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WATCH: The Physics Behind This Crazy Stringless Yo-Yo


29 JUN 2016

Yo-yos can do some incredible tricks, and, generally, the science is pretty straightforward - the two hemispheres of a yo-yo are attached to an axle that moves up and down a piece of string. But… what happens when you take the string away?


As yo-yo champion Ben Conde shows in the latest episode of Veritasium, a stringless yo-yo is possible, and it can actually perform even more awesome stunts than the traditional kind. But what kind of crazy physics is going on here to make this work?

As Derek explains in the video above, it all comes down to friction. Let's start with a simple yo-yo motion - here, the stringless yo-yo works pretty much the same as a traditional one, you just need to tug on the string to create friction and send the toy travelling upwards again before you run out of fabric.

But the fact that this yo-yo is unattached means Conde can also send it flying out on its own, catch it, and bring it right back in, without breaking a sweat.

While it looks like it defies the laws of physics, it actually makes sense. First of all, Conde starts his yo-yo off moving out along a string, just like you would with a traditional yo-yo.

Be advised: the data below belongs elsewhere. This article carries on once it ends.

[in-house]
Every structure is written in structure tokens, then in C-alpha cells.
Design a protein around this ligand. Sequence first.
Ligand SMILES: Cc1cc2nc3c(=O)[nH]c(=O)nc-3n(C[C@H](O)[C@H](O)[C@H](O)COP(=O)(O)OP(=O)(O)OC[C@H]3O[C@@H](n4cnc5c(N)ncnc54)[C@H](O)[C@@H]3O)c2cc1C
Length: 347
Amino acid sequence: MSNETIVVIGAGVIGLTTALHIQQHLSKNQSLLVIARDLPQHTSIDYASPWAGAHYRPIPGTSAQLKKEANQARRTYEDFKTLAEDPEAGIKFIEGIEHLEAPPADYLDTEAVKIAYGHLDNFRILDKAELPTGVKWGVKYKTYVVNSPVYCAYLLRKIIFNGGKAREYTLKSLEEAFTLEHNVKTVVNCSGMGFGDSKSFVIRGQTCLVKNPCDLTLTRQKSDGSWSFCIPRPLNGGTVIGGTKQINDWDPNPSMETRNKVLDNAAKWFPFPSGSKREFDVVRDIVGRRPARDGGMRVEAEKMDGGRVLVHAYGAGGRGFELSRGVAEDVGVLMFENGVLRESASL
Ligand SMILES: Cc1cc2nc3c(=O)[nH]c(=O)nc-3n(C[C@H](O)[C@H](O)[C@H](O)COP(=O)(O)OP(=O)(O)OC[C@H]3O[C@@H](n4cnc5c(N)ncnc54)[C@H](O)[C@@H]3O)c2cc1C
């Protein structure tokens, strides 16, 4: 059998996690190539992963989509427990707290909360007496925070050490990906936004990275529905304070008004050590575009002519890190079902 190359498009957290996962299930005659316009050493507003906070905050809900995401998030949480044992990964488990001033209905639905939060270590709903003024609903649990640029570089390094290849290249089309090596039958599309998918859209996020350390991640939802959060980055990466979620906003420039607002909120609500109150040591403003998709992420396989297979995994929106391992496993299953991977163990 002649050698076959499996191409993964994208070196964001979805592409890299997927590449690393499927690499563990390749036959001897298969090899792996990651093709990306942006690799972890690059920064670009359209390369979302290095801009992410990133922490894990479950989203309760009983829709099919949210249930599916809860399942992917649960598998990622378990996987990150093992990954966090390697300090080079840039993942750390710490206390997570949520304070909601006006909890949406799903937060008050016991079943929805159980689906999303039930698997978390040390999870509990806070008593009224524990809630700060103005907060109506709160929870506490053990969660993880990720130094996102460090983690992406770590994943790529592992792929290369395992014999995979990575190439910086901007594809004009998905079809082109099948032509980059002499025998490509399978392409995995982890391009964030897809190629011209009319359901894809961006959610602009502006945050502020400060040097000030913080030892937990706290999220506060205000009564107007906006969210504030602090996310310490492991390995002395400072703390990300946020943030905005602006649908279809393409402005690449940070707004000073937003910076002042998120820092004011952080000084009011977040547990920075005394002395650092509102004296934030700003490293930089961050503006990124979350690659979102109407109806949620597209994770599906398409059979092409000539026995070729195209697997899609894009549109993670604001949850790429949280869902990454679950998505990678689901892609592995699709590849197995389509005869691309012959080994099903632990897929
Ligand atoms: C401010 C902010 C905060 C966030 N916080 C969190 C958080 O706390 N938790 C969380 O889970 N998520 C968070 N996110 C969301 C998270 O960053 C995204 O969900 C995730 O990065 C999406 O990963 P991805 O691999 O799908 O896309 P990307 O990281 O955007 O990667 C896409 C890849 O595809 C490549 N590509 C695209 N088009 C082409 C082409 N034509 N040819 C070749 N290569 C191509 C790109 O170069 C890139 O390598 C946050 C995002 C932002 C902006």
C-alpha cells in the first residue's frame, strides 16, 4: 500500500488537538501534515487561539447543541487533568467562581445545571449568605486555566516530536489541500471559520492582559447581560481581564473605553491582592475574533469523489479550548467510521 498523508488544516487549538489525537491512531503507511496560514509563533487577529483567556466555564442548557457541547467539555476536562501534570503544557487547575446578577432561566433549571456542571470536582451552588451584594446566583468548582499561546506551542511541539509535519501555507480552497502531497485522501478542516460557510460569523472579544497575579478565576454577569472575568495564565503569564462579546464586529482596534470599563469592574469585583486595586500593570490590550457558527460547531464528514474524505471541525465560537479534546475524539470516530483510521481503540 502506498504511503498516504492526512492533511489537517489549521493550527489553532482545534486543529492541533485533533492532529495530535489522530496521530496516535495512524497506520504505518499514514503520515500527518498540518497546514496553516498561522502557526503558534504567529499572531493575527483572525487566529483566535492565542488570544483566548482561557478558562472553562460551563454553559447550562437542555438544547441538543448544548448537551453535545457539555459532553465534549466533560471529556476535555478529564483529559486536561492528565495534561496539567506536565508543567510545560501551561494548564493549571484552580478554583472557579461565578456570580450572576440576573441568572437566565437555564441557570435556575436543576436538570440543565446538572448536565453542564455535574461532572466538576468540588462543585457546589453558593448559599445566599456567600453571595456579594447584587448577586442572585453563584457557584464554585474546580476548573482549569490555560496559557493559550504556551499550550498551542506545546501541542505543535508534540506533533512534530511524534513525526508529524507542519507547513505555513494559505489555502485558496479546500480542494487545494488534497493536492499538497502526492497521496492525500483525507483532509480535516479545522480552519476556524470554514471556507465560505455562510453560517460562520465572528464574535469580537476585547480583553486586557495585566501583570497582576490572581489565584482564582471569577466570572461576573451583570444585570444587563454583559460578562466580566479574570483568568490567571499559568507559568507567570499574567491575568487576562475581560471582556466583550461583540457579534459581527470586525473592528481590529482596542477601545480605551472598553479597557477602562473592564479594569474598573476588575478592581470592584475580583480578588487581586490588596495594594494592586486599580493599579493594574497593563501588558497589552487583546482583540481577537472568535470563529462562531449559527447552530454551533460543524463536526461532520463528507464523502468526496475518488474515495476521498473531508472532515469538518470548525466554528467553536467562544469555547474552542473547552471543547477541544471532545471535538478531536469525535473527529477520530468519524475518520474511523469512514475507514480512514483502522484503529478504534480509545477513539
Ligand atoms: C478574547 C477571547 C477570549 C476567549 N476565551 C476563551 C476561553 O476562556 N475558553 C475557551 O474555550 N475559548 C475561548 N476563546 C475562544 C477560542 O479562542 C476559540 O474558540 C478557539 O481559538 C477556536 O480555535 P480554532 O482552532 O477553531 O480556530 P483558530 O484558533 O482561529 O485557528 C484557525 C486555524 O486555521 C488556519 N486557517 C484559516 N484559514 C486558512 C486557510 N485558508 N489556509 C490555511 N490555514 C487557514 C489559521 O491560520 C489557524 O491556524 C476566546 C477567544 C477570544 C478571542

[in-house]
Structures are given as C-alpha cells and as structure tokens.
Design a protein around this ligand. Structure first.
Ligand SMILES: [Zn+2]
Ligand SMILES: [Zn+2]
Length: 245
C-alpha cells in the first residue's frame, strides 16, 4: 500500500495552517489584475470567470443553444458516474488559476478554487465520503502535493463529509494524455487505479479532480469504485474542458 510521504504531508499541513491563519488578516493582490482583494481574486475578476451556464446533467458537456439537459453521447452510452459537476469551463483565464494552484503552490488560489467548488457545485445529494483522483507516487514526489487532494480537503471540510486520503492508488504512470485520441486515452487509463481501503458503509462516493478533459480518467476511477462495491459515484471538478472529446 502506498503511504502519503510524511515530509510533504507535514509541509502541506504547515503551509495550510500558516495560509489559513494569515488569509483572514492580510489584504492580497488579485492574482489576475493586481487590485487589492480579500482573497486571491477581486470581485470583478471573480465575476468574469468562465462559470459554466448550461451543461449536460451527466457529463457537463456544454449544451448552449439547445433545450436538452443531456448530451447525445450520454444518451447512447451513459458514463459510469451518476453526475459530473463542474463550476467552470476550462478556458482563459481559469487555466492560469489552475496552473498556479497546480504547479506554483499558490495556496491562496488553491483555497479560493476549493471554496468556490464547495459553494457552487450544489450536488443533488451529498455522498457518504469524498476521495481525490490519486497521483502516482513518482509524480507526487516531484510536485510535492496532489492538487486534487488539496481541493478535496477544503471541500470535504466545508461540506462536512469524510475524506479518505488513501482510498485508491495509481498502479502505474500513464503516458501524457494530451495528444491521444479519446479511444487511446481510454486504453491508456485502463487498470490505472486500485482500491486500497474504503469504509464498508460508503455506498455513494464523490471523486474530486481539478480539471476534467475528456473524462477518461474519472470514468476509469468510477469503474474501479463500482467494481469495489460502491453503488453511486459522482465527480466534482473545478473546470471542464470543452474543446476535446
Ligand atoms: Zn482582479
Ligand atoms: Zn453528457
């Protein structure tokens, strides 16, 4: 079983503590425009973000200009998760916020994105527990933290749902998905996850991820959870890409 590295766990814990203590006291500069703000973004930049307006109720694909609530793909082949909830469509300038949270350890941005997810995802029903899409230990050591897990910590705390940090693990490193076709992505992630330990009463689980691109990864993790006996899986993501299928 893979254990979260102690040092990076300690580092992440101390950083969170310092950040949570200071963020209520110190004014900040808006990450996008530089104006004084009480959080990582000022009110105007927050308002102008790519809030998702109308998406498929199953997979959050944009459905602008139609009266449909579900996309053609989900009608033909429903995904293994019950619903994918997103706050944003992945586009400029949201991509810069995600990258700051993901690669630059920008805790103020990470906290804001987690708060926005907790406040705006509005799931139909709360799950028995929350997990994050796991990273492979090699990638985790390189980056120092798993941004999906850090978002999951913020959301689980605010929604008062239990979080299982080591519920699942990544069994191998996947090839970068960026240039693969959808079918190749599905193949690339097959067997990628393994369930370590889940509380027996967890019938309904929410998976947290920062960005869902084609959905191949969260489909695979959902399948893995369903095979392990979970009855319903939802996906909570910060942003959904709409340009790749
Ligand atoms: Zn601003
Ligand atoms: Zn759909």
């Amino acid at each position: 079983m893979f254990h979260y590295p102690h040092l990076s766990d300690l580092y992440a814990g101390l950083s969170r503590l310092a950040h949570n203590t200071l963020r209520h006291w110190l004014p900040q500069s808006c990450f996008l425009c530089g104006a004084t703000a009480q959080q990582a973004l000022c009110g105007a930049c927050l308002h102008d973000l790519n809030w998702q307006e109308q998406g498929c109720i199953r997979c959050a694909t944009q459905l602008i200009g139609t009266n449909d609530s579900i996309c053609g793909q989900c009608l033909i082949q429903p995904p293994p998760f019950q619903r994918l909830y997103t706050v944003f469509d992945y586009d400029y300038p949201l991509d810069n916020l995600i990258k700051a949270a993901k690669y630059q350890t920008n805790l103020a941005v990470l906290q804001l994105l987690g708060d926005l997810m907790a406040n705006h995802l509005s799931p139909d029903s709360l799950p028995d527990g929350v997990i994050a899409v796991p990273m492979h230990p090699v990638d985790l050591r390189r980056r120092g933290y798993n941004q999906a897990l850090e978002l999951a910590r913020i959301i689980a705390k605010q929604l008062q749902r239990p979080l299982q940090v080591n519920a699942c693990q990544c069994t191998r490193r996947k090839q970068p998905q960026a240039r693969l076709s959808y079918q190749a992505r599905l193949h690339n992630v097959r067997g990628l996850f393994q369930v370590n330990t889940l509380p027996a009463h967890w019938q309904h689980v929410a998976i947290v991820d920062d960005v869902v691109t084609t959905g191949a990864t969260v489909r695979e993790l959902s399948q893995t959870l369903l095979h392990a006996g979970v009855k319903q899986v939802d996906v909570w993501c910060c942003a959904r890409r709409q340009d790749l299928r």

That allows it to build up angular momentum as it descends, so when it reaches the end of the string its sent flying through the air without losing any of its rotation. 

So far so good, but how does a tiny, light piece of string catch and stop a solid plastic yo-yo mid-air? That's all thanks to friction. Derek shows that when the string meets the yo-yo mid-flight and begins to wrap around the axle once more, it quickly begins applying some surprisingly powerful force on the device.

That’s explained by something called the belt friction equation, which states that the force a string can exert on something increases exponentially with the angle the string makes around the axle - so the more times it wraps around the yo-yo, the more force it has on the toy.

This is similar to the way just a few loops of rope can hold a huge ship at a dock, and it's incredibly impressive to watch in action.

Check out the video above, and rest assured this is one science trick you can try at home. We just can't guarantee you'll be able to pull it off like Conde can. 

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